Update on FDA Inspections of Dental Laboratories By Mary Borg
Maybe it’s just that certain dental laboratories that are registered with FDA have come up on what FDA refers to as their “inventory”, but a number of dental labs have been audited in the past two months. Georgia is definitely on the radar so if you’re located in Georgia and are registered with FDA or are involved in activities that require you to register with FDA but you haven’t, then be prepared.
Over the past eight years, articles in JDT Unbound’s Risky Business section have provided you information on the subject of FDA registration, FDA inspections, and qualifying your suppliers and subcontractors. It’s time for you to go back and read those articles so you can ensure that you understand what’s required by FDA in these regards. They are archived in JDT Unbound and appeared in the following months/years:
August 2008: Qualify Your Vendors/Suppliers and/or Subcontractors
January 2010: Know Your Outsourcer!
February 2011: FDA Registration – Fact or Fiction?
September 2012: FDA Revises Medical Device Establishment Registration Fees and Requirements
What seems to be occurring and is definitely a concern is that not all foreign manufacturers are registered correctly. It appears that some will list every FDA Product Code if it has any word in it that refers to a dental material or term. If a foreign dental laboratory actually manufactures porcelain powder, then they would have to have a 510(k) clearance on the material, however, if they are using an FDA cleared porcelain manufactured by Dentsply or Noritake, for instance, then they would not list the porcelain powder on their registration but rather the PFM product code. These product codes usually begin with an “N”.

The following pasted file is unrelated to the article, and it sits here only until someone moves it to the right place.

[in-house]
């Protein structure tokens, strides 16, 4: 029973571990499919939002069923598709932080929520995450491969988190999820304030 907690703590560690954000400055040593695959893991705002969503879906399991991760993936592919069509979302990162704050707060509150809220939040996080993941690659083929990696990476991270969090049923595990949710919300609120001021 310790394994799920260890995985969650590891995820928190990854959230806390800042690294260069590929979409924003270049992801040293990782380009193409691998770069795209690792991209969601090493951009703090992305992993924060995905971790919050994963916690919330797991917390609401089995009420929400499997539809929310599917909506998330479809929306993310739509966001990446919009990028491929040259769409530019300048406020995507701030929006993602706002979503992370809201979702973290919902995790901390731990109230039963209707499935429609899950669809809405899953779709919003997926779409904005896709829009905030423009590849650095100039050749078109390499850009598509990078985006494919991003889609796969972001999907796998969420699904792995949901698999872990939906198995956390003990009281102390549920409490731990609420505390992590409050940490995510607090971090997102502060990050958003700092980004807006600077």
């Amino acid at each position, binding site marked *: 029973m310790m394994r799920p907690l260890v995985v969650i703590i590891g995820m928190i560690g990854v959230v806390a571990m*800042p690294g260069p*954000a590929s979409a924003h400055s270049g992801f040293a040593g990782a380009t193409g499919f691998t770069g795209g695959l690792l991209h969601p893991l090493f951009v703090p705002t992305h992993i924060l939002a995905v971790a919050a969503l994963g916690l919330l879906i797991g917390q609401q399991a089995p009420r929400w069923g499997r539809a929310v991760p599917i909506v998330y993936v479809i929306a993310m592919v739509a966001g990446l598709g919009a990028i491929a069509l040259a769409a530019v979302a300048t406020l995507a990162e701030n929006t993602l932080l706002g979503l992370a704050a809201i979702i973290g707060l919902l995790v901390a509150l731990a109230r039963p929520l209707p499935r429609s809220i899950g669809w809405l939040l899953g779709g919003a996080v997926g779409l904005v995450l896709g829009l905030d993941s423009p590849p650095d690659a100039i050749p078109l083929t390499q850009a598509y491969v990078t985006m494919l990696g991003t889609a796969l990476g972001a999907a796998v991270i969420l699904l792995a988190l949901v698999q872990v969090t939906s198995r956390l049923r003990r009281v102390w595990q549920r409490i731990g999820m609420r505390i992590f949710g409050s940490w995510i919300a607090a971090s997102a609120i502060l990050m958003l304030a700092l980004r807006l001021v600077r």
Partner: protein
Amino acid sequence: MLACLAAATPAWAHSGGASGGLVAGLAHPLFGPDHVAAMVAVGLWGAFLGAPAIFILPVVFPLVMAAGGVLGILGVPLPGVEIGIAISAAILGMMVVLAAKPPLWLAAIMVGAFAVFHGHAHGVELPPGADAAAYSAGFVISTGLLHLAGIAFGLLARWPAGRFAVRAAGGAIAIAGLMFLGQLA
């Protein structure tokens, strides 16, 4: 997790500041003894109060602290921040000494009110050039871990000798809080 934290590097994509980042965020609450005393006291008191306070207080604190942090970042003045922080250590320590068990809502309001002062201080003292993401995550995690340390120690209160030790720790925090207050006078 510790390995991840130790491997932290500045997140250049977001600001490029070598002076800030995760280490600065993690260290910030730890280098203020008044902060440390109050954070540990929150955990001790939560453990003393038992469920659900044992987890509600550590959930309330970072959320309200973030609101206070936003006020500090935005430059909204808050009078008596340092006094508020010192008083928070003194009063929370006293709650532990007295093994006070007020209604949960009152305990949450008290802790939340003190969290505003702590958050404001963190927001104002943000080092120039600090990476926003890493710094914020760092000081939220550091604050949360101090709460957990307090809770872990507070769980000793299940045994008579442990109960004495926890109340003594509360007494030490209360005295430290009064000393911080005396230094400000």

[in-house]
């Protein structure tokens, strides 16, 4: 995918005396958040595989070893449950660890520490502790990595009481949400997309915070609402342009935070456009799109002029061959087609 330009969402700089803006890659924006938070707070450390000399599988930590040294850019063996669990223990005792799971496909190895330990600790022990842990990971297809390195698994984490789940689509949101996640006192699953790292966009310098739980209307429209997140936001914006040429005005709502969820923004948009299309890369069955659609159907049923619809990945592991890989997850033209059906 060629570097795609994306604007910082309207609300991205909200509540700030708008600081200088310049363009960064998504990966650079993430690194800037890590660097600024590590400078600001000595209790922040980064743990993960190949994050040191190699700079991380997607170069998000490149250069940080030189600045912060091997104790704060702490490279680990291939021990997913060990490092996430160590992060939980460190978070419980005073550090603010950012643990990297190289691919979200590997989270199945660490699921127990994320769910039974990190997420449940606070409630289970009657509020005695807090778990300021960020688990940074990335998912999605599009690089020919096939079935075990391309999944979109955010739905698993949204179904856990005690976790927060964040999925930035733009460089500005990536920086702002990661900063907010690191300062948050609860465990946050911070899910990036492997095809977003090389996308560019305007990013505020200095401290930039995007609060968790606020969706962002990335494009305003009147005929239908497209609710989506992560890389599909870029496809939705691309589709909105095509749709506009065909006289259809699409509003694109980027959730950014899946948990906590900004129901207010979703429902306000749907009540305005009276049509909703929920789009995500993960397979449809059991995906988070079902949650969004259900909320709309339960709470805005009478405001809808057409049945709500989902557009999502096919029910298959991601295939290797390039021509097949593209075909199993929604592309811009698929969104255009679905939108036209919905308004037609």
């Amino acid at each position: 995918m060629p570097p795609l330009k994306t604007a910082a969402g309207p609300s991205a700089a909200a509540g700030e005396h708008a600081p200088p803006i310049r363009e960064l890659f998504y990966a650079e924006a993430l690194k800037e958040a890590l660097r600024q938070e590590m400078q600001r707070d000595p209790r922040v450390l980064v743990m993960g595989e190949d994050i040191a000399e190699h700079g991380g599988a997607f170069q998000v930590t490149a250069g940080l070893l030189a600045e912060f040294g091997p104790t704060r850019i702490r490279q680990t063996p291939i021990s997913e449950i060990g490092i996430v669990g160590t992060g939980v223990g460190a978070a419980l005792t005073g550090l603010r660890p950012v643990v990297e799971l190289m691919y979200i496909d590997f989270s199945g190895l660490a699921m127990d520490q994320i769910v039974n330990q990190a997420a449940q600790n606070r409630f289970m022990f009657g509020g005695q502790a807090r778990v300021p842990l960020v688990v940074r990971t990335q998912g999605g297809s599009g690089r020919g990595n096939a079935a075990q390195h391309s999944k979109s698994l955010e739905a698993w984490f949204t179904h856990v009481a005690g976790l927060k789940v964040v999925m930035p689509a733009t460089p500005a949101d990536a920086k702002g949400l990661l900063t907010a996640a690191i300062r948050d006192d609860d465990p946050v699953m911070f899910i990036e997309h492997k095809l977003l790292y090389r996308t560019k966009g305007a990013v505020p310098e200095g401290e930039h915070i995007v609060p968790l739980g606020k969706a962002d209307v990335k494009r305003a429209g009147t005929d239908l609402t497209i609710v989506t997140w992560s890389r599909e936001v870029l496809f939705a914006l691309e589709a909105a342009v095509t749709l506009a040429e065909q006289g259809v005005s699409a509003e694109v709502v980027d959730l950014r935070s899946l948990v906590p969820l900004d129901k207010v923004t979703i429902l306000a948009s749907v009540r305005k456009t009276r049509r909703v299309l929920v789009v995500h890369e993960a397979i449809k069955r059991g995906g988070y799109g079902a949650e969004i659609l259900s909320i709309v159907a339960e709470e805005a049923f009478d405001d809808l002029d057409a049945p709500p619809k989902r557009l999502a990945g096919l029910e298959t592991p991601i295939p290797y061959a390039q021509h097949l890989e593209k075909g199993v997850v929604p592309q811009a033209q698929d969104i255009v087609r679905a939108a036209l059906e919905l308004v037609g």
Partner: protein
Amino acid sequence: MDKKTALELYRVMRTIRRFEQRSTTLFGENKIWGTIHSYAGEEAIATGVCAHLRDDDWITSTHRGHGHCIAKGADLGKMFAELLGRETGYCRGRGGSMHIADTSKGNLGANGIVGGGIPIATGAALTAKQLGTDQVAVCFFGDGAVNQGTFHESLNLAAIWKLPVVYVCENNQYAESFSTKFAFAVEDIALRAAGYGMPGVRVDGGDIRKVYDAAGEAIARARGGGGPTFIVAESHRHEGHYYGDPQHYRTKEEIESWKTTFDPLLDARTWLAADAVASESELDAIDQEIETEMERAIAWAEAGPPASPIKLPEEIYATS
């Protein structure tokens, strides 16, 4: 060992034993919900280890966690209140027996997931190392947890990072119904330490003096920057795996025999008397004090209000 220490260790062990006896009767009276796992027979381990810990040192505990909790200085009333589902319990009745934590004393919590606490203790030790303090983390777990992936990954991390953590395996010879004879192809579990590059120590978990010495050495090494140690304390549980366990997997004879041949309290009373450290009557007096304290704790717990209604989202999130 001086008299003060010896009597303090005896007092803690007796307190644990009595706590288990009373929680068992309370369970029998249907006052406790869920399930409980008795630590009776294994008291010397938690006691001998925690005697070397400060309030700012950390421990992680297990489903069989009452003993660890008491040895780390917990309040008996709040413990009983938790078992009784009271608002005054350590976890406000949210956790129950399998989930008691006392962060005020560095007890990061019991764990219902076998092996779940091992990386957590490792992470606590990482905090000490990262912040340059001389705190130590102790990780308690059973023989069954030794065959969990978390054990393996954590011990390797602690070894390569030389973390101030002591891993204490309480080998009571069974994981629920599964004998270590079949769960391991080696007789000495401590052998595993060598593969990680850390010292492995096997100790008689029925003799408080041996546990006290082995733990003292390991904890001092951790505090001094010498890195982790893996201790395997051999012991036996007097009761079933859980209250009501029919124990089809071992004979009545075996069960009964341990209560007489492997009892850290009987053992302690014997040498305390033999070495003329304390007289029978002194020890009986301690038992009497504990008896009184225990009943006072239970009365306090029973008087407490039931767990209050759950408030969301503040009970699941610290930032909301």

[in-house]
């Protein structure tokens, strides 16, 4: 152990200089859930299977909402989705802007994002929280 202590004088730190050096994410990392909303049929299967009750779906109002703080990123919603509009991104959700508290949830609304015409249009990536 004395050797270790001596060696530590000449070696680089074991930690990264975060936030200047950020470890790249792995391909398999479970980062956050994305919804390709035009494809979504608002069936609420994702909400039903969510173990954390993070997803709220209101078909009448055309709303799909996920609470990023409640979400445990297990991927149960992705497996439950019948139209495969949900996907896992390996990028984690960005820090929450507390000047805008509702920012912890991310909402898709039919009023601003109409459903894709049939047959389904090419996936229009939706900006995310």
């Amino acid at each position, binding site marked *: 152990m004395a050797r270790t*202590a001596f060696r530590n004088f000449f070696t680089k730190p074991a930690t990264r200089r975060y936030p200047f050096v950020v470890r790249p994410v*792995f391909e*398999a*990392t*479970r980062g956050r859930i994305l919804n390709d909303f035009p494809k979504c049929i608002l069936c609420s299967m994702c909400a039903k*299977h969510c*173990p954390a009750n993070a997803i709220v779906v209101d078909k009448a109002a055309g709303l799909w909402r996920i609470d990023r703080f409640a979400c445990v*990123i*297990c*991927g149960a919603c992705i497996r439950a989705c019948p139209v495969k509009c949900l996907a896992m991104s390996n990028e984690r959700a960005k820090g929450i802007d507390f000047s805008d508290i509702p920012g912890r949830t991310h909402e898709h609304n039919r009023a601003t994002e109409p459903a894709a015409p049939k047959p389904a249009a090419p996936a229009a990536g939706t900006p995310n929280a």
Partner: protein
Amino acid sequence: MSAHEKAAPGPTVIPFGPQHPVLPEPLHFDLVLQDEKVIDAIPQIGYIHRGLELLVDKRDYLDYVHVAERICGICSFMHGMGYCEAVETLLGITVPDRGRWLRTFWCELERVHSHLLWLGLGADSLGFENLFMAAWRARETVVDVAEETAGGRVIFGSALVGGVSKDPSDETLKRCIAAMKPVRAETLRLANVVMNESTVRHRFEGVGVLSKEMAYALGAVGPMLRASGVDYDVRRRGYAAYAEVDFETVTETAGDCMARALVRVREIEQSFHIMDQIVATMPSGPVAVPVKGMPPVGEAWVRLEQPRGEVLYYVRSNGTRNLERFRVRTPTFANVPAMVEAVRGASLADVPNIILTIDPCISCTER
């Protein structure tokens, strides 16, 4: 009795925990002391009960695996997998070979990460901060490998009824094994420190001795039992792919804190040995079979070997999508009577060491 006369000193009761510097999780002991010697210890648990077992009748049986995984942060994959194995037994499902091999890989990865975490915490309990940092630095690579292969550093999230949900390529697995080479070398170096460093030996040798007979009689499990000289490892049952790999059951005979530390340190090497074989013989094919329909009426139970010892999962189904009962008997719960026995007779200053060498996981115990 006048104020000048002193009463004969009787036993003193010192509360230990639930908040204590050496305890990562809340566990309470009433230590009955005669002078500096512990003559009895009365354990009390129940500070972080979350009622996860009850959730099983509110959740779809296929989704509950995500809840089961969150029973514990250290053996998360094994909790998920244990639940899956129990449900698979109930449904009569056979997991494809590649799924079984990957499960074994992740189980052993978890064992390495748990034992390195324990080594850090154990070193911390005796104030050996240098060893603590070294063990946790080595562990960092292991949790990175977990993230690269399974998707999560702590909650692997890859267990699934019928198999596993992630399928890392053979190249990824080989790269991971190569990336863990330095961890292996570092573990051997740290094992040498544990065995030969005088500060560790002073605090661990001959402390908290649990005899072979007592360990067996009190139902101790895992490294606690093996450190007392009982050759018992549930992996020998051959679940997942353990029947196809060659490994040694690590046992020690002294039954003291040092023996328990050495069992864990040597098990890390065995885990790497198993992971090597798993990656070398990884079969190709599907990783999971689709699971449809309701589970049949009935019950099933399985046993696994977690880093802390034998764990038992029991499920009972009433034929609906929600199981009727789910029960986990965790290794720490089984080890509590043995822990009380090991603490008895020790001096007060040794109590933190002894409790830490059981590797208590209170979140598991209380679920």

Why is that important for the U.S. dental laboratory that is importing? Because the U.S. dental laboratory must register with FDA as an importer or repackager/relabeler if they are receiving shipments direct from the foreign manufacturer and list the items being imported which must match the items that the foreign dental lab lists on its registration. The February 2011 article referenced above goes into detail on the product codes and types of listings. Also, the foreign dental lab, as explained in the September 2012 article regarding the changes in FDA registration requirements, must disclose the names of its U.S. customers to FDA. This is another way for FDA to locate the U.S. importers and ensure that they are registered with FDA.
If the foreign manufacturer is registered incorrectly, then that problem can flow down to its U.S. customers who may also be registered incorrectly. In turn, FDA will think the U.S. dental laboratory is doing one thing, when in actuality it is not. The onsite audit by FDA can start out in the wrong direction and create undue stress on the U.S. customer. Do your due diligence on this issue so your inspection by FDA will address the correct activities and products that you’re importing.
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